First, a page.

W2XJ wrote:
Tue Mar 07, 2017 10:11 pm
Remember, AES 67 supports audio exchange but not necessarily control.
Which is a strong argument for picking a vendor and (mostly) sticking to them.
W2XJ wrote:
Tue Mar 07, 2017 10:11 pm
What I would suggest is to first define your workflow completely. It should be the end user who should define control surface functions for example. Then do a brand agnostic equipment layout which includes where the equipment is located and identify how various acceptable devices interface. That will tell you how much AES or Analog interface and how much AOIP is needed in each room. Then you can draw up several scenarios based on end user preferences and get a real equipment count and get quotes accordingly.
Agreed, and I plan to do that. I'm not actually working for this company yet so I can't do that right now. I also intend to get onsite demo's from as many of the manufacturers as possible. I know I can get axia and wheatstone demo's pretty easy, not sure about LAWO or SAS but I would imagine it should be possible.

BroadcastDoc wrote:
Wed Mar 08, 2017 9:05 am
Axia has many similar features, though silence-sensing is generally done through software like Pathfinder. If I'm not mistaken, it can also be done via SNMP.
SNMP would work. I'll check into that. Thank you.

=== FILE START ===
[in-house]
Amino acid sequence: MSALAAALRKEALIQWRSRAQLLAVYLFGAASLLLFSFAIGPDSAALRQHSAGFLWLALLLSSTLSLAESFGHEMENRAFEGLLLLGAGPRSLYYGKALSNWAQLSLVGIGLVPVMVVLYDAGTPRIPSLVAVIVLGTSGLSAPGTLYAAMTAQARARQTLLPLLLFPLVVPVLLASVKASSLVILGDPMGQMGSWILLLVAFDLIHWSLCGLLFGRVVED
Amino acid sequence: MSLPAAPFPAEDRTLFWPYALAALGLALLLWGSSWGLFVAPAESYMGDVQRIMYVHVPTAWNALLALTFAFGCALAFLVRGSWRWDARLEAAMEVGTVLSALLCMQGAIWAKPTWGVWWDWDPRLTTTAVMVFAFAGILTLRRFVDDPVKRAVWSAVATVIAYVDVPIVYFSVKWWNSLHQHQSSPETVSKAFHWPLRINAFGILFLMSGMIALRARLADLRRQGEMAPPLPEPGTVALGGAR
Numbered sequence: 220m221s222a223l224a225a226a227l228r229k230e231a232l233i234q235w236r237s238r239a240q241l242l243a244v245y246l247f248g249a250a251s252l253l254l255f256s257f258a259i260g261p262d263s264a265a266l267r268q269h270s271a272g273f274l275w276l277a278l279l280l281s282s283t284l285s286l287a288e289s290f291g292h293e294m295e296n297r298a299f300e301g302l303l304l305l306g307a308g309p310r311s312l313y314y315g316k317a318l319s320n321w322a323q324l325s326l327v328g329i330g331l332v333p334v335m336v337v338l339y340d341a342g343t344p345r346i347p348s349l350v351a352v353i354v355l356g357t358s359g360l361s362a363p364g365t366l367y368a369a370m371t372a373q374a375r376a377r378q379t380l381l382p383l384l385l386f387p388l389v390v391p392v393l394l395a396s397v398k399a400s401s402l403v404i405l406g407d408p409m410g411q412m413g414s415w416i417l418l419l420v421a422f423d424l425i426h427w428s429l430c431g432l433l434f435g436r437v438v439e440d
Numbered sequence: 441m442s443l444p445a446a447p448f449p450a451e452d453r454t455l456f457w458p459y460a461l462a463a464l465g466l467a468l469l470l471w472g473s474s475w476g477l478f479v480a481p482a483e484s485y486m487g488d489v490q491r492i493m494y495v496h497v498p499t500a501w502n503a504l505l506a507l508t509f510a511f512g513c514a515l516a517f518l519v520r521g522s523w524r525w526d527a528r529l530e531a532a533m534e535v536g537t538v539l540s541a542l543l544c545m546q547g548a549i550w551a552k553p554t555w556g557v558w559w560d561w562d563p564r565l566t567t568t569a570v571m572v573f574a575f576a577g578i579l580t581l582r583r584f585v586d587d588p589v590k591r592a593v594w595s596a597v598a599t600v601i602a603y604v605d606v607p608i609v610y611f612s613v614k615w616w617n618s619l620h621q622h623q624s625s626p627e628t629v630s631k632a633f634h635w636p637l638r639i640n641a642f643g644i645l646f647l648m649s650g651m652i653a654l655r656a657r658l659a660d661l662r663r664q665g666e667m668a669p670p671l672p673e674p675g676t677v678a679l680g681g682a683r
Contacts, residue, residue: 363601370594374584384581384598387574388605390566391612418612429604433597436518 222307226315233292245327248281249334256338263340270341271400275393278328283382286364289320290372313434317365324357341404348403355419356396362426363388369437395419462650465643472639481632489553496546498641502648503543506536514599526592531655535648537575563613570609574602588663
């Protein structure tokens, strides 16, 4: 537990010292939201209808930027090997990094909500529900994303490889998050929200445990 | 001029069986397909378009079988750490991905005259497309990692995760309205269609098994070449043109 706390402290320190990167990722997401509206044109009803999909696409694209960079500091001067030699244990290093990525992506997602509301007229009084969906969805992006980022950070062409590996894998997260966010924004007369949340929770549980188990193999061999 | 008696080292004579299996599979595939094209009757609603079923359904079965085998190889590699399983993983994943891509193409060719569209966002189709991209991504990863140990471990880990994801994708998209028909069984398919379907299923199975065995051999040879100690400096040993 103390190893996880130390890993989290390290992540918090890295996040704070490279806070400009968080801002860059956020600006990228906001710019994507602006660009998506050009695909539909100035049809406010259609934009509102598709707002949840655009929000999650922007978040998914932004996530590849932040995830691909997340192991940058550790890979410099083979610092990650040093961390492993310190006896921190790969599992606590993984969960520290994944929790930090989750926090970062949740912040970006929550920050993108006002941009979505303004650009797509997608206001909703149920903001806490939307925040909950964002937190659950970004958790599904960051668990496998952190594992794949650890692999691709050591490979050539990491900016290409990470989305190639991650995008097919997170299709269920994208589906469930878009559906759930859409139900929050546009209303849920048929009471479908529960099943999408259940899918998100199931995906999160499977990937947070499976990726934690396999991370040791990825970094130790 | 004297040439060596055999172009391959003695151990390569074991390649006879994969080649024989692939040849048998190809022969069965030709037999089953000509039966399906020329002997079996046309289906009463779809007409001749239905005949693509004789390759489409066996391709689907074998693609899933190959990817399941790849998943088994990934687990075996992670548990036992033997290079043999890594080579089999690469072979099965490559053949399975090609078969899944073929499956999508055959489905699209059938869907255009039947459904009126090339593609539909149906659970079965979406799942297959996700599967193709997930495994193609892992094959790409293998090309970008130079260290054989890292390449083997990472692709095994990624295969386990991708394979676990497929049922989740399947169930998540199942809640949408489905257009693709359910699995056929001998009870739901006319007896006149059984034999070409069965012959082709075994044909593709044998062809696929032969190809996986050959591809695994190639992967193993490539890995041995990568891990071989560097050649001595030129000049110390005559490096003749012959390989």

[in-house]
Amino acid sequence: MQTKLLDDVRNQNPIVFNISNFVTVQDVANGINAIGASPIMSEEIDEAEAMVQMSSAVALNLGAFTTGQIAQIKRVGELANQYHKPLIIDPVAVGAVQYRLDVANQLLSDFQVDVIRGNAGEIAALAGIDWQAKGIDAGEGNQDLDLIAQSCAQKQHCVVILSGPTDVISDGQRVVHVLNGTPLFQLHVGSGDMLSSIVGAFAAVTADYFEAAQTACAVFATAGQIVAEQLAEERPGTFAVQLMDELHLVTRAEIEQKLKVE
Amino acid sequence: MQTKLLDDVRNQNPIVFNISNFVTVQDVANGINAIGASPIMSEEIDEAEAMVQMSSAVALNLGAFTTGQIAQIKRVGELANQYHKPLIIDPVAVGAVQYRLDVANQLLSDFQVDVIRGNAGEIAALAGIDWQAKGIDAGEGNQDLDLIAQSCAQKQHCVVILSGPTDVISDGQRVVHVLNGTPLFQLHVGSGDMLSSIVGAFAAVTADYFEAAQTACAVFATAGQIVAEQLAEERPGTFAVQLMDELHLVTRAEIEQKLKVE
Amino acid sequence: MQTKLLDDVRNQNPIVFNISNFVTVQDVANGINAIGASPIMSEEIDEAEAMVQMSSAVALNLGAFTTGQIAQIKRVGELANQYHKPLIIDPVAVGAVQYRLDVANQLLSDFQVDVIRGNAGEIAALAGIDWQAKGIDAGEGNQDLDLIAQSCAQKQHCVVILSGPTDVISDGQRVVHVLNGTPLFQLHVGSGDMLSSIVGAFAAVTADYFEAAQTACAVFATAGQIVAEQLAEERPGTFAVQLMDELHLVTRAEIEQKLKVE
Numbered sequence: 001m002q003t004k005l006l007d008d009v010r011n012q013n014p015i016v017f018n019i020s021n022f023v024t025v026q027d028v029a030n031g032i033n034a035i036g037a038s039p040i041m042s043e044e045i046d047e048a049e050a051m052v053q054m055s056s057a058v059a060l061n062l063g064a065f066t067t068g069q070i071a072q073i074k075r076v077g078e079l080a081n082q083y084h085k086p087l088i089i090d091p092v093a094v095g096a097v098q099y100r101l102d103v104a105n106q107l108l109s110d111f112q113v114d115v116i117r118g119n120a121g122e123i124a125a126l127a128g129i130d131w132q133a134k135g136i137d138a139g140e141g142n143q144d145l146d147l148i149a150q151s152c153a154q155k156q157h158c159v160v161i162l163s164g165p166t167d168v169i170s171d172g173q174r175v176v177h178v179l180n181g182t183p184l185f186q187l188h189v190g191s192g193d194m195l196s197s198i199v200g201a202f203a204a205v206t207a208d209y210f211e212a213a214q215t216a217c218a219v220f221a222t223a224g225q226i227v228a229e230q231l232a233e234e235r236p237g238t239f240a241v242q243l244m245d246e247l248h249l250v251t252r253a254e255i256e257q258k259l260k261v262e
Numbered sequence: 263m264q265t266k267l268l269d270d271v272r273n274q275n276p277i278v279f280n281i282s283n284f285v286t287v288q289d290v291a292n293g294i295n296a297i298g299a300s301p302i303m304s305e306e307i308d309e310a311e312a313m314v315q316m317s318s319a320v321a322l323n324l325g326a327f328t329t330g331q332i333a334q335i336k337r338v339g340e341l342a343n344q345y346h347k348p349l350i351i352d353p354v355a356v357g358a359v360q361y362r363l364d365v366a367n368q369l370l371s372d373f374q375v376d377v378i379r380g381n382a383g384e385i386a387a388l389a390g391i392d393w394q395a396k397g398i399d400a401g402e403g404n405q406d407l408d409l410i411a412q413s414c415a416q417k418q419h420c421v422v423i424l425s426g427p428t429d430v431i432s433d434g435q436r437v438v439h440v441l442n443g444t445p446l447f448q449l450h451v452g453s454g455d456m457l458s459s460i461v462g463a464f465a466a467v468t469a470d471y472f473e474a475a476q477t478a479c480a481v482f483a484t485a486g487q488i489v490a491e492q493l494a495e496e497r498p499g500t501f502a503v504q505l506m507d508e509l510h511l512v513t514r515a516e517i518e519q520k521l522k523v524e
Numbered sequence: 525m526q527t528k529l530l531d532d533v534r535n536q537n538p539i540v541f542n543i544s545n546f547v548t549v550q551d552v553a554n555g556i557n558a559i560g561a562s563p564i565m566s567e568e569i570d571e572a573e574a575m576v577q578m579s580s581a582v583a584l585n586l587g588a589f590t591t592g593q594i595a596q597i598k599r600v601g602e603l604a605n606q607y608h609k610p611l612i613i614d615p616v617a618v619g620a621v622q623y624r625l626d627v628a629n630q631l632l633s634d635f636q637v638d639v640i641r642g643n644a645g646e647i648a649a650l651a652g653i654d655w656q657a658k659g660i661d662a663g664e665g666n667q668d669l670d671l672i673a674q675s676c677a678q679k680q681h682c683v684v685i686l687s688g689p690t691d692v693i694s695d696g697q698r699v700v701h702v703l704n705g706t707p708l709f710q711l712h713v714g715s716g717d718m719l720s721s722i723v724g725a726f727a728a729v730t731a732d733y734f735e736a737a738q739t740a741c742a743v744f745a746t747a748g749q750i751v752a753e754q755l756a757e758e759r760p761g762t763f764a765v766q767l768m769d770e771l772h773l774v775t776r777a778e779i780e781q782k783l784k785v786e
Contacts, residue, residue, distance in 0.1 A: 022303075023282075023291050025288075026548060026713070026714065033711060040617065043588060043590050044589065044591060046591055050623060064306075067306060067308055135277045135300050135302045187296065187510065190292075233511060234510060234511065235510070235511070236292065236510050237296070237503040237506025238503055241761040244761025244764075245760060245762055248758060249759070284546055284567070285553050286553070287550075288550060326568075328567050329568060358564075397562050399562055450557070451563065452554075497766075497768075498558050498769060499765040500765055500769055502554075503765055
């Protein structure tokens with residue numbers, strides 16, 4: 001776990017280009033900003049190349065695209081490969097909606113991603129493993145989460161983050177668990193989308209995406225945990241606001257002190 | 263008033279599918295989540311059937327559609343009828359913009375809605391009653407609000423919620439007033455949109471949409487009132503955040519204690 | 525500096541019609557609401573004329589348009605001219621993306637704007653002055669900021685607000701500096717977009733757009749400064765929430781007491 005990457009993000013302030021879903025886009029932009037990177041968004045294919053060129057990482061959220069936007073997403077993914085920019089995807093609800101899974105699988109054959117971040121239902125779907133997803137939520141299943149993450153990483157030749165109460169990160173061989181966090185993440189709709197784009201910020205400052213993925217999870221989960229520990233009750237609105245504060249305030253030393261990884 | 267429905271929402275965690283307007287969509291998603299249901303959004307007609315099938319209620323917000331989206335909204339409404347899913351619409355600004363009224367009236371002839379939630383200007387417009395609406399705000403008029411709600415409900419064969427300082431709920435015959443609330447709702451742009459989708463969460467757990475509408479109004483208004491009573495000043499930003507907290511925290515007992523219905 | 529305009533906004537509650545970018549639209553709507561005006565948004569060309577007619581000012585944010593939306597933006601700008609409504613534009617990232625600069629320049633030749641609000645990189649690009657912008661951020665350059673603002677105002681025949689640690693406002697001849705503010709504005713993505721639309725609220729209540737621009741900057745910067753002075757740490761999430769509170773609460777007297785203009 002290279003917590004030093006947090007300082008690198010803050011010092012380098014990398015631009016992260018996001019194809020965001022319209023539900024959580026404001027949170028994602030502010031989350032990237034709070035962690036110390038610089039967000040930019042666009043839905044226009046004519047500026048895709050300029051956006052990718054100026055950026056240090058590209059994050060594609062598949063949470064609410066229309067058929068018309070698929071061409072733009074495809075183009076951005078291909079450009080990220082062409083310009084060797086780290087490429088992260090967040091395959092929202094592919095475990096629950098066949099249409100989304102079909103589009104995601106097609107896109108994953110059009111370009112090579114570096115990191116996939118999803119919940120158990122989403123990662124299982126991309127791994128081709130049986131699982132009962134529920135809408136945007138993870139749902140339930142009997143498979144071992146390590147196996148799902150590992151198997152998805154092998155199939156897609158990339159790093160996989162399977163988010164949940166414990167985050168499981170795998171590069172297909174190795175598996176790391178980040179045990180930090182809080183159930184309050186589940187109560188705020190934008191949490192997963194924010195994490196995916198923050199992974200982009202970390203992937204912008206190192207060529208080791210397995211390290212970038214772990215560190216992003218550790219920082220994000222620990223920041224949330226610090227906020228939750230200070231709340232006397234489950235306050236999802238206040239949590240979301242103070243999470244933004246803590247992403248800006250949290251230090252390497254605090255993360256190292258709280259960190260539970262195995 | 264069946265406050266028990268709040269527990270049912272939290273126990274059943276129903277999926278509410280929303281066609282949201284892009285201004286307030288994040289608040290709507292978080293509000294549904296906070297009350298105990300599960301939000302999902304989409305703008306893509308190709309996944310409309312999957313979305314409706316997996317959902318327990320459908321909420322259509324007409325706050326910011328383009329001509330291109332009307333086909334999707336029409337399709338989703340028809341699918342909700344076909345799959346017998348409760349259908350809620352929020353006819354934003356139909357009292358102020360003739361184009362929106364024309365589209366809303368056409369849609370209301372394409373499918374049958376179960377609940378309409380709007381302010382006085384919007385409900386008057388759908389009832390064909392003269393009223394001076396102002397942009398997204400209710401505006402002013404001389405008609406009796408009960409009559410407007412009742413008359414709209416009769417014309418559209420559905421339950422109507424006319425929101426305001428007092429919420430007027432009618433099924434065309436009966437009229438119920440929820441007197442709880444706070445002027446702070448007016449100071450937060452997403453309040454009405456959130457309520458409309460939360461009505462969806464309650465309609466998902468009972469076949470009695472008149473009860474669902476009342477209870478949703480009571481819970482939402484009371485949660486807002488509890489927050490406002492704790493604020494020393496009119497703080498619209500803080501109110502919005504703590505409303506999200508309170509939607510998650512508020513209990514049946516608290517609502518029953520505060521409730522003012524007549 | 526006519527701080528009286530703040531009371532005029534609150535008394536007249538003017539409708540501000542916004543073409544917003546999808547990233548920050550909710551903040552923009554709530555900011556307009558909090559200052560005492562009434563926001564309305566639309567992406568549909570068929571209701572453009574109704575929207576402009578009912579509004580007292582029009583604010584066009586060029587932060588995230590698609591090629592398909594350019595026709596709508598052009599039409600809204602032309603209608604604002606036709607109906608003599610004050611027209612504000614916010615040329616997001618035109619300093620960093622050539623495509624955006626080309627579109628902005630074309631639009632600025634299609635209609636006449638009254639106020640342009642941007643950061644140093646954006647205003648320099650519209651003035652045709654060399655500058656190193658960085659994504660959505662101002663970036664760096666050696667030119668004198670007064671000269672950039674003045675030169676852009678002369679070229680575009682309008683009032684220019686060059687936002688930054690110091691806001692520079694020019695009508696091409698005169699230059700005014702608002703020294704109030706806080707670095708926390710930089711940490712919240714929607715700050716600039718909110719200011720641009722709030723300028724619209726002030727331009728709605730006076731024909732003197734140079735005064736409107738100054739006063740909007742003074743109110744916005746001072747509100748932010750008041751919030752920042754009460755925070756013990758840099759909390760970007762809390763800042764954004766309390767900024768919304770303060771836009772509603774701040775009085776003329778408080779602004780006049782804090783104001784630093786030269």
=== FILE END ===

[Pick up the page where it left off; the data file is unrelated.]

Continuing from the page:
I'll post more questions as they come up.

Re: Wheatnet vs AXIA

Posted: Sun May 21, 2017 6:56 am
by AnabolicHippo
BroadcastDoc wrote:
Wed Mar 08, 2017 9:05 am
Axia has many similar features, though silence-sensing is generally done through software like Pathfinder. If I'm not mistaken, it can also be done via SNMP.

Really these days, AoIP preference is much like processing preference. All the brands do a great job, it comes down to which one you prefer. I'm an "Axia Guy", and I have friends who are "Wheatstone Guys". However, I'd recommend either system, because they're both great.
On a somewhat related note, is there any particular reason that AOIP products like Rednet, it would seem the vast majority of Dante products, aren't ever mentioned in a broadcast context? I realize a lot of the brands are marketed to the music industry, but are they inappropriate to use in a radio facility? The only thing that I can think of is perhaps latency is an issue.

Re: Wheatnet vs AXIA

Posted: Sun May 21, 2017 12:01 pm
by Nathaniel Steele
I actually have a rednet setup at home in my recording studio. Latency would not be an issue, with the rednet PCIe card I can get 3ms round trip into/out of my DAW, and Dante network latency is 150 MICROseconds IIRC. And I believe Dante is used by some manufacturers of Broadcast equipment, AEQ capitol uses Dante, and Arrakis has a SIMPLE IP product that is Dante. What Dante doesn't have so far is anything control related, silence sensing, contact closures, (SNMP?), etc...That doesn't preclude you from using some other IP method, there are a variety of MIDI over IP methods, I use copperlan, these can all coexist on the Dante Network. I'm pretty sure I have read about some broadcasters using Dante.

You are right though it is definitely marketed towards Recording studios and Live Sound applications where it seems to me to be the dominant AOIP protocol.